Tuesday, November 21, 2017
Sex, Lies & EXCUSES: Partisan MADNESS on Predators
As the sex scandals continue their relentless forward march, early efforts at a course correction are beginning to emerge. Some of these efforts are necessary and involve making distinctions — distinctions between, say, felonious assault, which should lead to prison, and really gross workplace behavior, which should lead to serious disciplinary action but should probably fall short of complete ruination.
The danger, however, is that these distinctions get drawn in such a way that they protect one set of offenders and not the other — purely on the grounds that the protected set is made up of people you like or who work for the causes you champion and the bad guys are the people you don’t and who don’t.
These are the astonishing arguments now being made on behalf of senatorial candidate Roy Moore, on the one hand, and Sen. Al Franken, on the other.
Now, these two cases require exactly the kinds of distinctions I’m talking about. Moore is credibly accused of unspeakable behavior with a 14-year-old. Franken was caught on camera being a disgusting boor and has been accused of sticking his tongue in a woman’s mouth.
Moore’s alleged conduct was felonious and morally depraved. Franken appears to have acted like a repellent creep, which is bad but misdemeanor-bad. It seems important at a moment when a national narrative is galloping along at Secretariat speed to be able to separate the two.
But this isn’t the distinction drawn by two shocking feminist enabler/defenders of Franken. The Washington Post’s Kate Harding, author of a book on “rape culture,” and New York Times columnist Michelle Goldberg both acknowledge that their feminist ideologies should lead them to want Franken to be ousted from his seat.
But they both insist that the rules should be different from the very rules they would impose on everyone else in America — because, well, Franken is a Democrat and America needs to be saved from Republicans.
Harding says Franken should be saved and should then go on a listening tour of far-left Democrats and become their front man as penance for his rotten behavior.
“In a sharply divided political climate where toxic masculinity knows no party, yet is only ever acknowledged by one, we must think about how to minimize harm to women,” she writes.
“One more empty apology and resignation . . . will not make American women safer or better off. Powerful men lifting up women’s concerns and supporting progressive women candidates, however, could be a real step toward changing the culture that makes victims of so many of us.”
Or as Woody Allen, himself a notable figure in the annals of toxic masculinity, said in the movie he made celebrating an affair with a 17-year-old girl: “I’m a bigot, but for the left.”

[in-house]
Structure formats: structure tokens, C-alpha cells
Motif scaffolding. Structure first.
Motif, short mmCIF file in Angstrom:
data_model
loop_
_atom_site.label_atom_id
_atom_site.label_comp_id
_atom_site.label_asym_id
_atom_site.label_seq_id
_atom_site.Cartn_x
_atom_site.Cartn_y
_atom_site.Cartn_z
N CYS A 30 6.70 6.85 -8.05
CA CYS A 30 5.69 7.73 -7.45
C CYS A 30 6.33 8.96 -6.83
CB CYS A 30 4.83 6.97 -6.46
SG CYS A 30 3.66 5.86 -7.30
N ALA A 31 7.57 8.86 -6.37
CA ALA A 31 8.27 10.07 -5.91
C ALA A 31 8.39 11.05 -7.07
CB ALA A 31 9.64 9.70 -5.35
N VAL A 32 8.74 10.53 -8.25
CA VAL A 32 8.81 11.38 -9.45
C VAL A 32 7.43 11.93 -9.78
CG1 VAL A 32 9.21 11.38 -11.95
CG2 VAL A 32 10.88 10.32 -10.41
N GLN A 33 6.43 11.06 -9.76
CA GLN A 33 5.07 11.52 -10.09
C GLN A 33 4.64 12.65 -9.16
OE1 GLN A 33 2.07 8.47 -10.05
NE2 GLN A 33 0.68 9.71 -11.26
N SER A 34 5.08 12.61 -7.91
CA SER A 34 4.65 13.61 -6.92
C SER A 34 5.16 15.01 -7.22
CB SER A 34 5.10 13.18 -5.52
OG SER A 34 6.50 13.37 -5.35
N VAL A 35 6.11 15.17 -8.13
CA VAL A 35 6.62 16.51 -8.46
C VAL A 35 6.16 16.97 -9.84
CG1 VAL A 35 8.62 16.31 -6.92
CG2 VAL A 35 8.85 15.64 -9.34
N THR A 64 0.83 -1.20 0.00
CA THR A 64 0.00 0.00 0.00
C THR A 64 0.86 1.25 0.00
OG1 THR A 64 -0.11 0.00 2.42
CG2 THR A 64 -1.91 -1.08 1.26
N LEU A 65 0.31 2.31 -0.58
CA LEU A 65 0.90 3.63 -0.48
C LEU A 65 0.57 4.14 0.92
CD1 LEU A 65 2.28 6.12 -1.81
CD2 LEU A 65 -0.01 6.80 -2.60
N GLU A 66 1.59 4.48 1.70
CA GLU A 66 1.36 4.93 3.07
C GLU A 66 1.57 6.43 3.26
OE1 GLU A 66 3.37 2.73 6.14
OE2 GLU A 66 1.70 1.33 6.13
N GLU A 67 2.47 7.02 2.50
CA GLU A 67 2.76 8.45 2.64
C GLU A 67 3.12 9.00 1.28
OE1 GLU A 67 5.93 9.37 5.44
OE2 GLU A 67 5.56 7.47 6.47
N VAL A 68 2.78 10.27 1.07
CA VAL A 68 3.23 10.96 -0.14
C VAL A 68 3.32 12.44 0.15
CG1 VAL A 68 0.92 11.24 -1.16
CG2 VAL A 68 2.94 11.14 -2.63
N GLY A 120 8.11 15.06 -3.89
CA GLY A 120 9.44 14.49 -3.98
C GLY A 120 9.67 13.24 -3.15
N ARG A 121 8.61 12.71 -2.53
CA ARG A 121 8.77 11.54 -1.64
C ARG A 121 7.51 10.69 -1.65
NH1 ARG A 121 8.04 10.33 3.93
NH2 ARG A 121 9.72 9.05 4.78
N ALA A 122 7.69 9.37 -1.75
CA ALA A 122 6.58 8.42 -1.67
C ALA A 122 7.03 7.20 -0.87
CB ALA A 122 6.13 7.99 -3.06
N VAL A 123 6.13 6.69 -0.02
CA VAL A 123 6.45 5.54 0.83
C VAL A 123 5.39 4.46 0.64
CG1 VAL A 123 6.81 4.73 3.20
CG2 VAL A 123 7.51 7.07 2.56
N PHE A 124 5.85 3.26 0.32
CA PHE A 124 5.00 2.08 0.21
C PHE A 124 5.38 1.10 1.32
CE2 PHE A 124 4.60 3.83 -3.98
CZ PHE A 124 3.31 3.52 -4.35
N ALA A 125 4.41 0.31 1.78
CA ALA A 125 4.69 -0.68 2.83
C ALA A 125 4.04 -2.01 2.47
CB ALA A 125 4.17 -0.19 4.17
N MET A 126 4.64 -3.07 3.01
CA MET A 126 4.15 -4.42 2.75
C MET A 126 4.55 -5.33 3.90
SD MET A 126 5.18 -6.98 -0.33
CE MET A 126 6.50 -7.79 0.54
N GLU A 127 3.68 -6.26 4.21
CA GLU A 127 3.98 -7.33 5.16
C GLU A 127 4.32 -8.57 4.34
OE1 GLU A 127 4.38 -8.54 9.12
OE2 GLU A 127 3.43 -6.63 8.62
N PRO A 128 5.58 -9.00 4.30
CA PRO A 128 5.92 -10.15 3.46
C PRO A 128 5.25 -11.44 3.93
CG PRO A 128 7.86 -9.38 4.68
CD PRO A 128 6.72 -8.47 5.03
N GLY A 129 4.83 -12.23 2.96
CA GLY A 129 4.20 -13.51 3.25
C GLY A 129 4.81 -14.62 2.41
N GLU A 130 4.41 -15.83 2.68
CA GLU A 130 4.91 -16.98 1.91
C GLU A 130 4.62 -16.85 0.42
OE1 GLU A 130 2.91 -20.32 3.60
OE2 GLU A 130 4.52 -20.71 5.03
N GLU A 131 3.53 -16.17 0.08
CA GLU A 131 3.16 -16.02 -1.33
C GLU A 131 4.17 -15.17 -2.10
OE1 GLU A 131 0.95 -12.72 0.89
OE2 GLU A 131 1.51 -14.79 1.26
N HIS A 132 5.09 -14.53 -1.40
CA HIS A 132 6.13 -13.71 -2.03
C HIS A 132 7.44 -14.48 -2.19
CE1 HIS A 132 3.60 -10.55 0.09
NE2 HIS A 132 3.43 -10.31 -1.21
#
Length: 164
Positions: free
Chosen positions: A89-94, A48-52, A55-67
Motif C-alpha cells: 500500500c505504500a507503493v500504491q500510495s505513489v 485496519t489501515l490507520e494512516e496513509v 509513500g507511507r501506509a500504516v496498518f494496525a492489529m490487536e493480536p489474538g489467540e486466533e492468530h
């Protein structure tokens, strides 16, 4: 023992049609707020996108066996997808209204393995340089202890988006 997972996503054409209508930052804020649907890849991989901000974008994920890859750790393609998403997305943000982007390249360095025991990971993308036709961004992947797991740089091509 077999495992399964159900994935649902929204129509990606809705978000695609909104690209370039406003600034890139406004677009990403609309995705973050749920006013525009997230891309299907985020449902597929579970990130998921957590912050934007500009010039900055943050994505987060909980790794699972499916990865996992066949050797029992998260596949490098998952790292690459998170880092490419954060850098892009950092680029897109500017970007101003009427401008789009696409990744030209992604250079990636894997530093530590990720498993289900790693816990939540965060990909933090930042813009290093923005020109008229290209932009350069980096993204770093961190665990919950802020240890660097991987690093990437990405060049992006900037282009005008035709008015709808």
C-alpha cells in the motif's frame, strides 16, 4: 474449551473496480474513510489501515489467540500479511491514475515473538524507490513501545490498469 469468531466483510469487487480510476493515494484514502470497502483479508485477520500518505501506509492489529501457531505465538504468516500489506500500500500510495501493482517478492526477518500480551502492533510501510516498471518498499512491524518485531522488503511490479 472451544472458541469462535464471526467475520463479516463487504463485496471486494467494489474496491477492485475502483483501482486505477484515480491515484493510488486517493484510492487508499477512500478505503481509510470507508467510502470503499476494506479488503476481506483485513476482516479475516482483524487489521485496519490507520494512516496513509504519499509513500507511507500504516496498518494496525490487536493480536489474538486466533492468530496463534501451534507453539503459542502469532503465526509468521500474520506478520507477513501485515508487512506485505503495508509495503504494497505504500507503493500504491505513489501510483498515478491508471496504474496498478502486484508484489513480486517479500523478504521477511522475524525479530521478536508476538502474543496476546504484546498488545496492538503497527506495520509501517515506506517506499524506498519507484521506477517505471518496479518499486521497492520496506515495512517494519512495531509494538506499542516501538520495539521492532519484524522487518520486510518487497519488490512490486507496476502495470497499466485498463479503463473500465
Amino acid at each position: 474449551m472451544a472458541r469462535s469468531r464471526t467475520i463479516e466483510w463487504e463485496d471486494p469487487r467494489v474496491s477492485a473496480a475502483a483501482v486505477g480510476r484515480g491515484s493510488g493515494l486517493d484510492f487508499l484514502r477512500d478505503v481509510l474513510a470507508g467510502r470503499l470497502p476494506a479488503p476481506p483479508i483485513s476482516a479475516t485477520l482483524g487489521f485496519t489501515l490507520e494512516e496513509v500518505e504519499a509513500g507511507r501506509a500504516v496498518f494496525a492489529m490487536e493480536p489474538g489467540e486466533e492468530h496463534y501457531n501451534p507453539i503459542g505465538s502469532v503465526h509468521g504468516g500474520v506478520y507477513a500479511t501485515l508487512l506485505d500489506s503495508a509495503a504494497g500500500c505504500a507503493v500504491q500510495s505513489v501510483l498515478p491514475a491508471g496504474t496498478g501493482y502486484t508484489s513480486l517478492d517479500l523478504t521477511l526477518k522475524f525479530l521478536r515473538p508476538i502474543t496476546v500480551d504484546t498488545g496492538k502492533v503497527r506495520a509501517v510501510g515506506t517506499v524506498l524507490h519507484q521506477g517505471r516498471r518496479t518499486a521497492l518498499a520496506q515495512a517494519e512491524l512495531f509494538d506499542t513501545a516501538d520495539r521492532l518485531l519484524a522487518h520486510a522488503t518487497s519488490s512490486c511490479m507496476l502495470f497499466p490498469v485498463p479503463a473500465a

Goldberg spends an entire column concerned about seeming like a hypocrite. She says there’s just no good choice for a poor feminist such as herself in this case. But she basically argues that to support Franken’s removal from office would be a case of Democratic “unilateral disarmament” against the anything-goes Republicans who nominated and helped elect Donald Trump.
And this is what Roy Moore’s defenders say — but in reverse. “We don’t need a liberal person in there, a Democrat,” Trump declared today. Even if Moore’s guilty, so the thinking goes, he’s necessary for the nation’s future to deny Democrats another Senate seat. And that is necessary for the passage of the tax-reform bill.
Oh, and to help restore America’s moral code in the long run. Yes, you heard that right. Basically, they say, we need an ephebophile to purify this country.
These responses reveal the poisonous extent to which nakedly political and partisan concerns are corrupting every aspect of American civic culture.
If you believe Franken is an example of toxic masculinity and that toxic masculinity is an evil that must be extirpated, there’s no intellectual or moral excuse for supporting his continued presence in American politics. Even the effort to make such an argument reveals the way in which the virus of naked partisanship has overcome you.
Similarly, if you believe America has rotted away morally, the idea you’d hand enormous political power to a morally rotted person like Roy Moore reveals your own spiritual and moral rot.
Note, please, that that isn’t happening with the showbiz and media scandals. The powers-that-be that cut Charlie Rose, Kevin Spacey and Louis C.K. loose may have claimed the moral high ground, but these were actually appropriately ruthless commercial decisions about protecting their “brands” from contamination.
But there are no powers-that-be in politics, or there aren’t any longer. The party bosses are gone. Their places have been taken in part by ideologues, who now seem to exist to make the tough moral calls that just seem always to go one way — the party’s way.